"We the People of the United States, in Order to form a more perfect Union, establish Justice, insure domestic Tranquility, provide for the common defence, promote the general Welfare, and secure the Blessings of Liberty to ourselves and our Posterity, do ordain and establish this Constitution for the United States of America."
The preamble to the U.S. Constitution is just 52 words long, but it embodies the essence of America and has set a pattern for 200 years of wise government and individual freedom unequaled anywhere else in the world.To remain strong, the Constitution needs a knowledgeable and informed public.
The Commission on the Bicentennial of the United States Constitution is in the midst of a four-year commemoration that began in September of 1987 and will run through December of 1991. It has sponsored activities geared to key events surrounding the Constitution beginning with a re-enactment of the document's signing by the Continental Congress in 1787 and will conclude with a celebration of the enactment of the Bill of Rights in 1791. The goal is to better educate the public about the Constitution and encourage schools, public groups, and individuals to take time to learn more about the foundation of our freedoms.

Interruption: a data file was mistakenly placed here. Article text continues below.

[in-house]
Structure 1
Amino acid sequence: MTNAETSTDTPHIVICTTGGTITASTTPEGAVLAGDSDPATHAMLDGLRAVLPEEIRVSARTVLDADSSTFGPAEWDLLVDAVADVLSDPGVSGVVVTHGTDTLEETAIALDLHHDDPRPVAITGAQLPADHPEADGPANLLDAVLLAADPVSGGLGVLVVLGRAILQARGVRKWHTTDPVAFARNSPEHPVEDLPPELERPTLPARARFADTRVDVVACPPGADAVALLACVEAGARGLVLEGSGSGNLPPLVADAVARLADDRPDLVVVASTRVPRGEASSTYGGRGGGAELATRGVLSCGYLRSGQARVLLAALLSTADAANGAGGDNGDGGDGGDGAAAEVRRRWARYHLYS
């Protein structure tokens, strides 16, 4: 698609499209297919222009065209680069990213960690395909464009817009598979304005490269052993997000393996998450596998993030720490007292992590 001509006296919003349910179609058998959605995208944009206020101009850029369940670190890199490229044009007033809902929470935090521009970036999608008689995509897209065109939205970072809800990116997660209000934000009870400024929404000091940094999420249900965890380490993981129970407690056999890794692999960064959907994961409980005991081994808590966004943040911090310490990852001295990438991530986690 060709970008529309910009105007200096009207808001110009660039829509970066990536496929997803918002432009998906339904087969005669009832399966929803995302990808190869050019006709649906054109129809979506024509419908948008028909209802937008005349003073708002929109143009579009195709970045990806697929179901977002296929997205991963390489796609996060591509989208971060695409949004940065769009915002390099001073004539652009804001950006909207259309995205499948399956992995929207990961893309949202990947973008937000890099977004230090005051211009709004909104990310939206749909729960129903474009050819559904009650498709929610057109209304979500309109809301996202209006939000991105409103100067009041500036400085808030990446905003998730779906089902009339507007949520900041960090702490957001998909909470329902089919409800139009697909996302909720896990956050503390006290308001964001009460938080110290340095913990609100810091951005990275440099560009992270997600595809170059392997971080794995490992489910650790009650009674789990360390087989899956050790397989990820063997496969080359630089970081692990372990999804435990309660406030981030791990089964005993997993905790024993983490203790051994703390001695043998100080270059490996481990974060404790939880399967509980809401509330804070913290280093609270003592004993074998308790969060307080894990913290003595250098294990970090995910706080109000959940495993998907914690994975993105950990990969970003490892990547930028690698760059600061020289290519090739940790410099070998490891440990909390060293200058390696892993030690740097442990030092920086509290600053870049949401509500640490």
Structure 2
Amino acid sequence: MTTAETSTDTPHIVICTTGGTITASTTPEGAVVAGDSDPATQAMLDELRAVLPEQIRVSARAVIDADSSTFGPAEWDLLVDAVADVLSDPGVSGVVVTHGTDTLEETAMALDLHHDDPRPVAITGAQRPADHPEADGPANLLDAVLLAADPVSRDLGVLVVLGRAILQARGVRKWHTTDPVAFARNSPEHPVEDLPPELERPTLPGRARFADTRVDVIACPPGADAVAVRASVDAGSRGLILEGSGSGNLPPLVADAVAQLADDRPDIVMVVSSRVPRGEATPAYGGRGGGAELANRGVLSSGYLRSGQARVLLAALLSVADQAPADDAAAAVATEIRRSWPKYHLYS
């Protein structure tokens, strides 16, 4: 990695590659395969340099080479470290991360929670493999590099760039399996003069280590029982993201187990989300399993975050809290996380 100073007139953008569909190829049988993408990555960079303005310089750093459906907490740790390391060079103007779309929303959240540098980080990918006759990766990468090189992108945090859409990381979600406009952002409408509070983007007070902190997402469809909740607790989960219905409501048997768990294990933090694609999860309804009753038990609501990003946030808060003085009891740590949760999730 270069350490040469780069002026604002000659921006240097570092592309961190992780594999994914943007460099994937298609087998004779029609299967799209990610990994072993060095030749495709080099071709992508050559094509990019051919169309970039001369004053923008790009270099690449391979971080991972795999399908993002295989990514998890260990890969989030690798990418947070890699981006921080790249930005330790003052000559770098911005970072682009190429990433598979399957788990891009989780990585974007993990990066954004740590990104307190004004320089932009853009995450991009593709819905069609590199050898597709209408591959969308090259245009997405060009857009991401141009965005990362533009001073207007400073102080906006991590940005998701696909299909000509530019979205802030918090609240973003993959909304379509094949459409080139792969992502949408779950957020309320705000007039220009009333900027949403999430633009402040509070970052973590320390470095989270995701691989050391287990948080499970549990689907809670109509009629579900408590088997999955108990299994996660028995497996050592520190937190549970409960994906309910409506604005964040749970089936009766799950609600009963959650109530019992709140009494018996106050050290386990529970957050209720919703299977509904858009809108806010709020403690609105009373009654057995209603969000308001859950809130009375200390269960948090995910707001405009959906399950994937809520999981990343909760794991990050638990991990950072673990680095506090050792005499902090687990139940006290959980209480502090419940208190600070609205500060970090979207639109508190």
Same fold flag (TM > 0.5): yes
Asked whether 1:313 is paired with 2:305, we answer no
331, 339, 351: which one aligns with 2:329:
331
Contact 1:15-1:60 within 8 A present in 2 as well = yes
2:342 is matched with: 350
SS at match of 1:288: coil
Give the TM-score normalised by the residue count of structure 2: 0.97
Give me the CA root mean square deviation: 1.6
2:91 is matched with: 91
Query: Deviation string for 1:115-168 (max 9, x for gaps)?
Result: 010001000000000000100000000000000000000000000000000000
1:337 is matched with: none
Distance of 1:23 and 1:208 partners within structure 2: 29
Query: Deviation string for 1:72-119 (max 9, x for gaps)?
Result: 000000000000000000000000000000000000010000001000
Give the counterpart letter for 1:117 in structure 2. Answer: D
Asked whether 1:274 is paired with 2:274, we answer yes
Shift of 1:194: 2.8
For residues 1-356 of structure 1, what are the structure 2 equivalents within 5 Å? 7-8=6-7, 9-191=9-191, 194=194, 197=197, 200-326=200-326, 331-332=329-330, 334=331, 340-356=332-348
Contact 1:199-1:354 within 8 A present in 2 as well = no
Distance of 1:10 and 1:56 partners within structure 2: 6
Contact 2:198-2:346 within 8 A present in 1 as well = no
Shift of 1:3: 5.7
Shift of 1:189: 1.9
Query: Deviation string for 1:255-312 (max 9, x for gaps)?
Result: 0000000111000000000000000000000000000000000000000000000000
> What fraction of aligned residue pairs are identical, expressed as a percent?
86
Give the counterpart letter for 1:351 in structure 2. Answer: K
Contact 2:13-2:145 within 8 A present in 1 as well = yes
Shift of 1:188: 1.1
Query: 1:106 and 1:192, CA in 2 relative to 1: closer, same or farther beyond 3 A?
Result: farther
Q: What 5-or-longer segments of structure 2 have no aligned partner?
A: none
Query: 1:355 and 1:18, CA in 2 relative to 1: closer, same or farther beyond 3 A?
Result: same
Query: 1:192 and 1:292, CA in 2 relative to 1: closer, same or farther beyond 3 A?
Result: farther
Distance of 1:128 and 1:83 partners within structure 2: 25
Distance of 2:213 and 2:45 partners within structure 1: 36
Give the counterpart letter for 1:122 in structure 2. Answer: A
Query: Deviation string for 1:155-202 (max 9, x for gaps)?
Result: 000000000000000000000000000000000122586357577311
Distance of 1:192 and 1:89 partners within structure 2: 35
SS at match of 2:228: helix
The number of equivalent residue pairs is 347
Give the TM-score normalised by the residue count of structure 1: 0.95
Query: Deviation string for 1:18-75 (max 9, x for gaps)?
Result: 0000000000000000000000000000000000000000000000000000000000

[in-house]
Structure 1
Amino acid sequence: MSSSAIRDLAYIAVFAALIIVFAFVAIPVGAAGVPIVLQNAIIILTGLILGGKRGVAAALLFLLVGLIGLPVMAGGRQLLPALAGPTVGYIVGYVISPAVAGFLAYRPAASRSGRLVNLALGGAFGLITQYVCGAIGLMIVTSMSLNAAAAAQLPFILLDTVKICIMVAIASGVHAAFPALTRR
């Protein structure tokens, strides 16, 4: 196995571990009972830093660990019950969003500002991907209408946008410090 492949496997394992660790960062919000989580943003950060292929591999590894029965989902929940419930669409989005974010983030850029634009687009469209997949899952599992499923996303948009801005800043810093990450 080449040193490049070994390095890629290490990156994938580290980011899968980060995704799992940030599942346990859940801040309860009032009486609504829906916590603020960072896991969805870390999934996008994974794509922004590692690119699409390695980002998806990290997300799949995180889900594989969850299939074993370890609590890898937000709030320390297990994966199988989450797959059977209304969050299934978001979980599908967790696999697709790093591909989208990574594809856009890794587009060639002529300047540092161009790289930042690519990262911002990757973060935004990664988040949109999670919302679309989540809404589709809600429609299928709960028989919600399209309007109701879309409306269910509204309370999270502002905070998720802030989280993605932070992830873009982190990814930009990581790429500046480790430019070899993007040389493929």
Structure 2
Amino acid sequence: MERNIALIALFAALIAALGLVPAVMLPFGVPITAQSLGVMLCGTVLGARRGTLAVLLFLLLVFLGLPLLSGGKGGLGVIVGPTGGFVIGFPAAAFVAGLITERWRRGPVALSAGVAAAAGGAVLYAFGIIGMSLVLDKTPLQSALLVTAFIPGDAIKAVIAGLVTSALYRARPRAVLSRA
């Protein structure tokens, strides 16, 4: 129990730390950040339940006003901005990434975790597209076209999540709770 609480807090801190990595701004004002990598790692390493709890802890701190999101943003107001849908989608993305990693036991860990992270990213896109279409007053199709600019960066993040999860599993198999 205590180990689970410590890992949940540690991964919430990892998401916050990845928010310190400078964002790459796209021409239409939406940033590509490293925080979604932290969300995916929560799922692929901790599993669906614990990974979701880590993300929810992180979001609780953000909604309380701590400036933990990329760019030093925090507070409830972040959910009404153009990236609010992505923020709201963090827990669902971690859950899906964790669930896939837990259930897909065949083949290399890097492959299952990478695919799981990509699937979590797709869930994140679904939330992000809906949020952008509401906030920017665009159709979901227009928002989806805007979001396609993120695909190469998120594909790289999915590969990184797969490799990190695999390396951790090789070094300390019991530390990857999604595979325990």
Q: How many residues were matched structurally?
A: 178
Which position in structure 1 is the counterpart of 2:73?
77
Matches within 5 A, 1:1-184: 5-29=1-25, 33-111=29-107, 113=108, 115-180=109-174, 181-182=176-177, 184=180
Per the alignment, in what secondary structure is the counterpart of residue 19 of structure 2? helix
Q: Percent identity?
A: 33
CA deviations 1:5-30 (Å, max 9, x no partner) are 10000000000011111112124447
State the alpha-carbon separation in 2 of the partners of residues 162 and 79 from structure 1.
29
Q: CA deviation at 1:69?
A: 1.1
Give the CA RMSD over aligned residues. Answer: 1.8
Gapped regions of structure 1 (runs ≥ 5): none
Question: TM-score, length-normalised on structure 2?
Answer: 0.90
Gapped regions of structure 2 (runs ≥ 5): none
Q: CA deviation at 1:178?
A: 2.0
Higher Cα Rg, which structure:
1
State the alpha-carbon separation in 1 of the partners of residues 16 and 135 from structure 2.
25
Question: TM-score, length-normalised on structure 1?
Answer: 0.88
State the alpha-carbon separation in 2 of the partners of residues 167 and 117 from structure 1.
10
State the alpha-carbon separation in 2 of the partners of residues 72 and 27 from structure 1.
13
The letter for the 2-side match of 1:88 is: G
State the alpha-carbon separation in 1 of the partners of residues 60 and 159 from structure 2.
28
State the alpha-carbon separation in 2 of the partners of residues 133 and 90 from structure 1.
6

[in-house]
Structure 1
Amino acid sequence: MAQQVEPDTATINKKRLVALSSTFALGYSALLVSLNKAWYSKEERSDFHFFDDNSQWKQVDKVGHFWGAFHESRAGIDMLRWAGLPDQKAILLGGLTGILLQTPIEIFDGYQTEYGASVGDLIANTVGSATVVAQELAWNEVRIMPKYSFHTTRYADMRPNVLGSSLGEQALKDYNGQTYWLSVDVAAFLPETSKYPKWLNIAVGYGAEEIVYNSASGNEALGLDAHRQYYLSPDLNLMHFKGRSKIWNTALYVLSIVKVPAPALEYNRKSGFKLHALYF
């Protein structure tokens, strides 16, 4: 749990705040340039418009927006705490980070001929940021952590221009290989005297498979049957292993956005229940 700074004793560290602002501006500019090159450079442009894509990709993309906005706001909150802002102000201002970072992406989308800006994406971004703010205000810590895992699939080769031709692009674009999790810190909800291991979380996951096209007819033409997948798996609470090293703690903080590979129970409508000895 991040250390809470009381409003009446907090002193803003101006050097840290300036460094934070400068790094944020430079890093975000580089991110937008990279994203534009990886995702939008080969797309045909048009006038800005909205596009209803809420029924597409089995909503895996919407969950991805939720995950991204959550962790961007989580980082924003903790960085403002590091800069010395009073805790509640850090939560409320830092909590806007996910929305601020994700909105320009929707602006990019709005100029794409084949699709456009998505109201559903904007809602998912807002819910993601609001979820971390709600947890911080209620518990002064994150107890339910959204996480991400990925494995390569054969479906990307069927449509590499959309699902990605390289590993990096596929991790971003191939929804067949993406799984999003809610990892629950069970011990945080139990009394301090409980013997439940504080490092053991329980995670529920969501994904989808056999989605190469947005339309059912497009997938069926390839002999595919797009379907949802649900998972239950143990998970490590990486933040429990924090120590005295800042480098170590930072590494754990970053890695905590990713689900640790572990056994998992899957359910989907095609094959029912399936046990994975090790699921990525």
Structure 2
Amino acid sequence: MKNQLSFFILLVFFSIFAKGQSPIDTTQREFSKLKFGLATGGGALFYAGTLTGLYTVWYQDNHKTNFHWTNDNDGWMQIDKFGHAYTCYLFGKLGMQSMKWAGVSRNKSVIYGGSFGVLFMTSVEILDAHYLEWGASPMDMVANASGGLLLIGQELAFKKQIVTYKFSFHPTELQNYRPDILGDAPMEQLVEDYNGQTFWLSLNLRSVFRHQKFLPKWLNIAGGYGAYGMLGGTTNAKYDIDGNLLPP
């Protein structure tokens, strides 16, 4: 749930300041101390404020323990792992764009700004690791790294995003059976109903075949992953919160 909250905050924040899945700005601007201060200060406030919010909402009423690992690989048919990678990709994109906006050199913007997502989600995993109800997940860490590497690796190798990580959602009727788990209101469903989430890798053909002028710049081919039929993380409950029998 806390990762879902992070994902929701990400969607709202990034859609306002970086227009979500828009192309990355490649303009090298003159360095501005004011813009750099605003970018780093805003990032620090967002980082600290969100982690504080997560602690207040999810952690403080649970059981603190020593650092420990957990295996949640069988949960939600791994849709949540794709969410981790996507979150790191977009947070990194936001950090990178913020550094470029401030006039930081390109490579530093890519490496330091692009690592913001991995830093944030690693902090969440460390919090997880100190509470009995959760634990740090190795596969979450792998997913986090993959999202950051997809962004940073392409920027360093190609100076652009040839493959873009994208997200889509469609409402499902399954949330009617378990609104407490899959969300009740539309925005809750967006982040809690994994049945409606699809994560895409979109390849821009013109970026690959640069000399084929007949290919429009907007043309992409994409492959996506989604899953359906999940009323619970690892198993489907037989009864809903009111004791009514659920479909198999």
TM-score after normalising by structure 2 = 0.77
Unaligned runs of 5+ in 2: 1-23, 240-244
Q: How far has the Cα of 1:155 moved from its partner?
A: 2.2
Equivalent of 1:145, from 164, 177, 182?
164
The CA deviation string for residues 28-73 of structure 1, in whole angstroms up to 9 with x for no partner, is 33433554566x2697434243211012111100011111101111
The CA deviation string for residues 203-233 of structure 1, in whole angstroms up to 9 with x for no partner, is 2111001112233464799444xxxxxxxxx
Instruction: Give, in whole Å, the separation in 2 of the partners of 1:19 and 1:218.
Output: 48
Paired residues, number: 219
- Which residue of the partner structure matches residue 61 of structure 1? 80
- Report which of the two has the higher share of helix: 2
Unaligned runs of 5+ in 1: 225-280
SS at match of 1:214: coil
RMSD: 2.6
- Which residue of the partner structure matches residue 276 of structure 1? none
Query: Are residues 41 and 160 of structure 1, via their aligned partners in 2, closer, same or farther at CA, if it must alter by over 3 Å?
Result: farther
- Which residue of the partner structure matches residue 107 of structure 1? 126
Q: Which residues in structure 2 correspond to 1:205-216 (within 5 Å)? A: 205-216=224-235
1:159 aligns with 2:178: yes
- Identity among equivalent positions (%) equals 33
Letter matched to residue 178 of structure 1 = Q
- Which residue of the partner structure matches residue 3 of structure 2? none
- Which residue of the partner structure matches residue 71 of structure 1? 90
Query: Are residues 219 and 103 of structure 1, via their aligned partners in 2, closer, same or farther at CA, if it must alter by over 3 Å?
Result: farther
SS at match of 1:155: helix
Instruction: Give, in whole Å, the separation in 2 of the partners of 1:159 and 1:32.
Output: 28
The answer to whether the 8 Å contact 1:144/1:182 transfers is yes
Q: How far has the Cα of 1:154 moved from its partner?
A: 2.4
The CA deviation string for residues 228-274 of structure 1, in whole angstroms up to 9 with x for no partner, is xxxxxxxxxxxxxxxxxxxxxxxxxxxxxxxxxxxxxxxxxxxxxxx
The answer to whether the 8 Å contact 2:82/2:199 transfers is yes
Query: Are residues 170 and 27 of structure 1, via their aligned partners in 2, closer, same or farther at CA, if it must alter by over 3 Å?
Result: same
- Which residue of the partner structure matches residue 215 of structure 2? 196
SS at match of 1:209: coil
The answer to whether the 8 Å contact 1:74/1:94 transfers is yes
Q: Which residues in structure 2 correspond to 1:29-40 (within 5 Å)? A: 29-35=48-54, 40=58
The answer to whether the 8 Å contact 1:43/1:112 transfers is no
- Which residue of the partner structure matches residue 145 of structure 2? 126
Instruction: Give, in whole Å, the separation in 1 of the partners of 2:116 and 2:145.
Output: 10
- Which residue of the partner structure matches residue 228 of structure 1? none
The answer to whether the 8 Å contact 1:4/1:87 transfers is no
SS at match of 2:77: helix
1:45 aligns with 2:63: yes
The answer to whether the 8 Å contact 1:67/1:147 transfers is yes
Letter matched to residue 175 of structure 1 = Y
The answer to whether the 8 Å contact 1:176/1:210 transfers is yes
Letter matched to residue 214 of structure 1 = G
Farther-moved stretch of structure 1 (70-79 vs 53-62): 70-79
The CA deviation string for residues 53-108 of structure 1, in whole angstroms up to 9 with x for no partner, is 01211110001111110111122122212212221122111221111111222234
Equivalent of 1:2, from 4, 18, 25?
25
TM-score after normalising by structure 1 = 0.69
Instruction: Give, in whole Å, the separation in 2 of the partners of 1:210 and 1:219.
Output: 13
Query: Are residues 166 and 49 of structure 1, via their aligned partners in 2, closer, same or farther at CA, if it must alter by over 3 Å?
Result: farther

The Constitution of the United States sets forth this nation's basic laws. It establishes the form of the national government and defines the right and liberties of the American people. It also lists the aims of the government and the methods of achieving them.
The framers of the Constitution accepted as an unchallengeable maxim that the only way to avoid governmental tyranny is to put the legislative, executive, and judicial powers in separate departments.
It's hard to capture the genius of the U.S. Constitution in just a few words. Entire libraries could be filled with the books that have been written about it.
The British statesman William E. Gladstone summed up the reaction of many expert observers when he described the U.S. Constitution as "the most wonderful work ever struck off at a given time by the brain and purpose of man."
But even that glowing description does not do full justice to this divinely-inspired document, which has endured for two centuries.
May it last forever, not only as a protection to Americans but as a symbol to all the world that man was meant to be free and as a pattern for achieving and keeping that freedom.